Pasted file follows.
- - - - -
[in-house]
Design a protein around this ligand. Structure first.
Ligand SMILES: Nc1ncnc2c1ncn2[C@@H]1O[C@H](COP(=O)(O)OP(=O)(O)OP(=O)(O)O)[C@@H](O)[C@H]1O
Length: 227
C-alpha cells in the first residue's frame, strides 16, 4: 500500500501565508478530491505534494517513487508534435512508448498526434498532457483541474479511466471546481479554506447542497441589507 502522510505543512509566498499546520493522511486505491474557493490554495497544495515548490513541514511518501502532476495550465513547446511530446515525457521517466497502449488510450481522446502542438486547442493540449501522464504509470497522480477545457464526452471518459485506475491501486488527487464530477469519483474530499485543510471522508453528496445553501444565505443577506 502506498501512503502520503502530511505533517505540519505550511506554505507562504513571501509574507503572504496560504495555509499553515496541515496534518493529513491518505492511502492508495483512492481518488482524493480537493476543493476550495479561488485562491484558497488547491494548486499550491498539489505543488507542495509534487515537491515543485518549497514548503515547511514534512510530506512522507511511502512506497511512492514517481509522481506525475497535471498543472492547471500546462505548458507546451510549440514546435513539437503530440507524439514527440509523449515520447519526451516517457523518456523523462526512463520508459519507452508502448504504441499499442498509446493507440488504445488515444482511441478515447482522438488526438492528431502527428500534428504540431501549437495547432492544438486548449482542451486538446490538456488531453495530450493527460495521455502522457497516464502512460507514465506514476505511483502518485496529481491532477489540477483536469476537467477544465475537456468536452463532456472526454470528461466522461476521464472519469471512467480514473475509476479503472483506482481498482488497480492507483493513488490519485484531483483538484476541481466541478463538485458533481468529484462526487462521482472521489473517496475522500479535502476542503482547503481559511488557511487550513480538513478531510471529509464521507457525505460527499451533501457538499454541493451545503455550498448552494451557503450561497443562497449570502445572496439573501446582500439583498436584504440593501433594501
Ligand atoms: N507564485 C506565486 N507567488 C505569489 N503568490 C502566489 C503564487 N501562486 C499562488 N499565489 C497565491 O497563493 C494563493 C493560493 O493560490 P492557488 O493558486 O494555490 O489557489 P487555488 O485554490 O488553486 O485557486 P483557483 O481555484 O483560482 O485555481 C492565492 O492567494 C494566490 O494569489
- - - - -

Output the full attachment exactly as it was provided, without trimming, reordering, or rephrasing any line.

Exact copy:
[in-house]
Design a protein around this ligand. Structure first.
Ligand SMILES: Nc1ncnc2c1ncn2[C@@H]1O[C@H](COP(=O)(O)OP(=O)(O)OP(=O)(O)O)[C@@H](O)[C@H]1O
Length: 227
C-alpha cells in the first residue's frame, strides 16, 4: 500500500501565508478530491505534494517513487508534435512508448498526434498532457483541474479511466471546481479554506447542497441589507 502522510505543512509566498499546520493522511486505491474557493490554495497544495515548490513541514511518501502532476495550465513547446511530446515525457521517466497502449488510450481522446502542438486547442493540449501522464504509470497522480477545457464526452471518459485506475491501486488527487464530477469519483474530499485543510471522508453528496445553501444565505443577506 502506498501512503502520503502530511505533517505540519505550511506554505507562504513571501509574507503572504496560504495555509499553515496541515496534518493529513491518505492511502492508495483512492481518488482524493480537493476543493476550495479561488485562491484558497488547491494548486499550491498539489505543488507542495509534487515537491515543485518549497514548503515547511514534512510530506512522507511511502512506497511512492514517481509522481506525475497535471498543472492547471500546462505548458507546451510549440514546435513539437503530440507524439514527440509523449515520447519526451516517457523518456523523462526512463520508459519507452508502448504504441499499442498509446493507440488504445488515444482511441478515447482522438488526438492528431502527428500534428504540431501549437495547432492544438486548449482542451486538446490538456488531453495530450493527460495521455502522457497516464502512460507514465506514476505511483502518485496529481491532477489540477483536469476537467477544465475537456468536452463532456472526454470528461466522461476521464472519469471512467480514473475509476479503472483506482481498482488497480492507483493513488490519485484531483483538484476541481466541478463538485458533481468529484462526487462521482472521489473517496475522500479535502476542503482547503481559511488557511487550513480538513478531510471529509464521507457525505460527499451533501457538499454541493451545503455550498448552494451557503450561497443562497449570502445572496439573501446582500439583498436584504440593501433594501
Ligand atoms: N507564485 C506565486 N507567488 C505569489 N503568490 C502566489 C503564487 N501562486 C499562488 N499565489 C497565491 O497563493 C494563493 C493560493 O493560490 P492557488 O493558486 O494555490 O489557489 P487555488 O485554490 O488553486 O485557486 P483557483 O481555484 O483560482 O485555481 C492565492 O492567494 C494566490 O494569489